One of my favorite things to read every Friday is The Goldberg File, Jonah Goldberg’s Friday email, which is then officially published at National Review on Saturday. In today’s, he addresses Donald Trump’s claim that the IRS has been auditing him every year because he is a Christian martyr. I can’t wait until tomorrow; you have to read it today, every word of it:
I was starting to doze off. The debate was all but over, and the exhaustion from the day was catching up with me, as was the scotch. The rush of finally seeing the candidates go after Trump in a serious way was wearing off replaced by a mix of dread and resignation that it may all be too little too late. (Note: I don’t think it is, and I won’t be giving into despair either, for reasons Charlie explainshere.)
I was only half listening when Donald Trump came into the spin room on CNN to explain why he’s been audited every year for twelve years.
“I’m always audited by the IRS, which I think is very unfair — I don’t know, maybe because of religion, maybe because of something else, maybe because I’m doing this, although this is just recently,” Trump said in an interview with CNN’s Chris Cuomo immediately following the 10th GOP debate on Thursday night.
Cuomo cut in: “What do you mean religion?”
“Well, maybe because of the fact that I’m a strong Christian, and I feel strongly about it and maybe there’s a bias,” Trump said.
Cuomo cut in again: “You think you can get audited for being a strong Christian?”
“Well, you see what’s happened,” Trump said. “You have many religious groups that are complaining about that. They’ve been complaining about it for a long time.”
“Spit take” doesn’t even come close to describing my reaction. As it was, I gagged so hard my spleen almost came out my nose. It was nearly the first recorded instance of spontaneous self-mummification. I scared the cats because I reacted like members of Delta House when the picture of Flounder appeared on the screen.
There are two possibilities here. Either Donald Trump believes what he said, or he doesn’t. If he does believe this, he’s sufficiently delusional to disqualify himself for public office. If he doesn’t believe this, he thinks his conservative Christian supporters are morons.
Leave aside the question of whether it’s permissible to question someone’s faith. Trump says it’s outrageous when people do it to him, but he thinks it’s fine when he does it to Ted Cruz nearly every day.
The public evidence that Donald Trump was a “strong Christian” prior to saying so in the last year is, as the Donald would say, “weak, very weak.”
Even Trump’s sincere Christian supporters don’t believe that he’s a very sincere Christian, at least according to the very polls Trump prints out and sleeps on like a dragon atop a pile of gold. (Though, looked at from the right angle, it’s more like a guinea pig hoarding all the shredded-paper cage-lining.) In fact, only 5 percent of Republicans believe that Trump is “very religious,” while nearly half think he’s “not at all” religious or “not too religious.”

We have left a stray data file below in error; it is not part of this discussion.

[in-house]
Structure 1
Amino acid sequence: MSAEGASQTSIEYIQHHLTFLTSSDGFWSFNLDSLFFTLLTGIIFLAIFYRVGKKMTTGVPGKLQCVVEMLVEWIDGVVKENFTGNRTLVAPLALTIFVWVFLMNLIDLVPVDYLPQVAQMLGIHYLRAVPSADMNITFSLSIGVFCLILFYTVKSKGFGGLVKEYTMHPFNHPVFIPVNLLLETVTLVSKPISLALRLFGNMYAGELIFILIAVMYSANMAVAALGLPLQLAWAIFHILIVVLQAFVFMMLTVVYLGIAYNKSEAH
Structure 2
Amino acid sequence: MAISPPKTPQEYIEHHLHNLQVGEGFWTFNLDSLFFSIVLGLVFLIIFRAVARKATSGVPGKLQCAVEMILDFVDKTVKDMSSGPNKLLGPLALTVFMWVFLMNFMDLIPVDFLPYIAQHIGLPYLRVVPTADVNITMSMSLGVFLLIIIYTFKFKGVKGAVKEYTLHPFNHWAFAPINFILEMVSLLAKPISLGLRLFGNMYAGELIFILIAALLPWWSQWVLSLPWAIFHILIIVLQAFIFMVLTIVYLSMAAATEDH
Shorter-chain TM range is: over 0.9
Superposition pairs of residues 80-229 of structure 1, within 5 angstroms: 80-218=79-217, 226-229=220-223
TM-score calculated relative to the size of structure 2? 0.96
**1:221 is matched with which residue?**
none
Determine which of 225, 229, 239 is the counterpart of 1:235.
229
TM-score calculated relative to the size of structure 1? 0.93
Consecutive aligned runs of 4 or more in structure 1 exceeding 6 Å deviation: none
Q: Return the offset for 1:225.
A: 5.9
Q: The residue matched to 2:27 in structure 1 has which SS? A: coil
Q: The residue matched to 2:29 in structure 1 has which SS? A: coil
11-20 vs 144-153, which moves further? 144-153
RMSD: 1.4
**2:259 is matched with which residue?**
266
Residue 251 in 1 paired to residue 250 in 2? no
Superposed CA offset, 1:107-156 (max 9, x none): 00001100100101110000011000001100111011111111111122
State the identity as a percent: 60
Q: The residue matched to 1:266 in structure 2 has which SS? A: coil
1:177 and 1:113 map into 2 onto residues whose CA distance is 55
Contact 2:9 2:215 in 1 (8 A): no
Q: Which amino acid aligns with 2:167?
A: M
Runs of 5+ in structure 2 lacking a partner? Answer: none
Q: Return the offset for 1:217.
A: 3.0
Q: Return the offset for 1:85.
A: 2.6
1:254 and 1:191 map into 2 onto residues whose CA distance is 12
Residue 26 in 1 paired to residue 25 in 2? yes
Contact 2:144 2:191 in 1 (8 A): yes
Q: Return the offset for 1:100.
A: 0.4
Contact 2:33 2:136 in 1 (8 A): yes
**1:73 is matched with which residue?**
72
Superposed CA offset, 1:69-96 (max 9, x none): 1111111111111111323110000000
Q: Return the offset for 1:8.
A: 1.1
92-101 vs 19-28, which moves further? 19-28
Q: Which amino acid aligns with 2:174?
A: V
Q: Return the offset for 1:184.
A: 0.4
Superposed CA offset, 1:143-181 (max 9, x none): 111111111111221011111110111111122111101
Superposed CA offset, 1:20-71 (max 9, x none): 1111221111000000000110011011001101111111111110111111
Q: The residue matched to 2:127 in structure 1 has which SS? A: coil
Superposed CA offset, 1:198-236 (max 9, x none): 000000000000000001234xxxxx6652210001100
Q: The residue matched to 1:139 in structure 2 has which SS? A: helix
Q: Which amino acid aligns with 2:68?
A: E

I know he now says that “nobody reads the Bible more than me.” But, again, I can’t imagine anyone actually believes him. (I also would have thought this is the kind of lie truly God-fearing people would not utter, for fear of, you know, lightning bolts or salt-pillarification.)
Anyway, all of this public religiosity is fairly new. Before he ran for president, if you played the word-association game with 100,000 Americans, I’d venture that not one of them would have said “Christian!” when asked, “What first comes to mind when you think of Donald Trump?”
Apparently, according to Trump, that’s only true of normal Americans. The IRS is different. It’s like the eye of Sauron searching the land for “strong Christians.” When its cruel gaze landed upon the failed casino magnate, beauty-pageant impresario, thrice-married and confessed adulterer who’s talked about how his own daughter is so hot he’d date her if she wasn’t his daughter and bragged about how it doesn’t matter what critics say about you so long as “you’ve got a young and beautiful piece of ass,” and who told Howard Stern that his ability to avoid getting the clap while sleeping around was his “personal Vietnam,” the IRS immediately saw the truth of the matter.
Suddenly, the alarms at the IRS Christian persecution squad started flashing. Over the P.A. system came: “Code Red! We’ve got a ‘strong Christian’ in sector 7!”
Now don’t get me wrong, I’m not making light of the IRS’s well-earned reputation for inappropriately scrutinizing conservative Christian groups. (But let’s not forget, they target them because they are conservative. And for most of Donald Trump’s audit period he was a major Democratic donor.)
What I am doing is unapologetically mocking the idea that Donald Trump, a bankruptcy impresario and formerly mob-tied businessman, who likes to mock the disabled at that, was singled out by the IRS for his tendency to ask “What would Jesus do?”
Oh, and keep in mind, according to Trump, this potential Christian persecution started on George W. Bush’s watch.
I could go on for hours listing everything ludicrous about Trump’s attempt to claim he is being crucified on a cross of shady tax shelters.
But what is so dismaying is the way Trump supporters took the bait instantaneously. I won’t bore you with my Twitter feed, but I was amazed by how many people (1) immediately bought Trump’s explanation as plausible, (2) claimed I was defending the IRS’s persecution of Christians, (3) actually believe that Trump gives a ton to Christian causes. (I mean in the past. I’m sure he’s written a lot of checks this year. I personally can’t wait to see the Trump Student Center and Hall of Greatness at Liberty University.)
The real issue, of course, is that Donald Trump does’t want to release the one document that is most likely to prove the accuracy of his claim that he deserves to be president because he’s so gosh darn rich.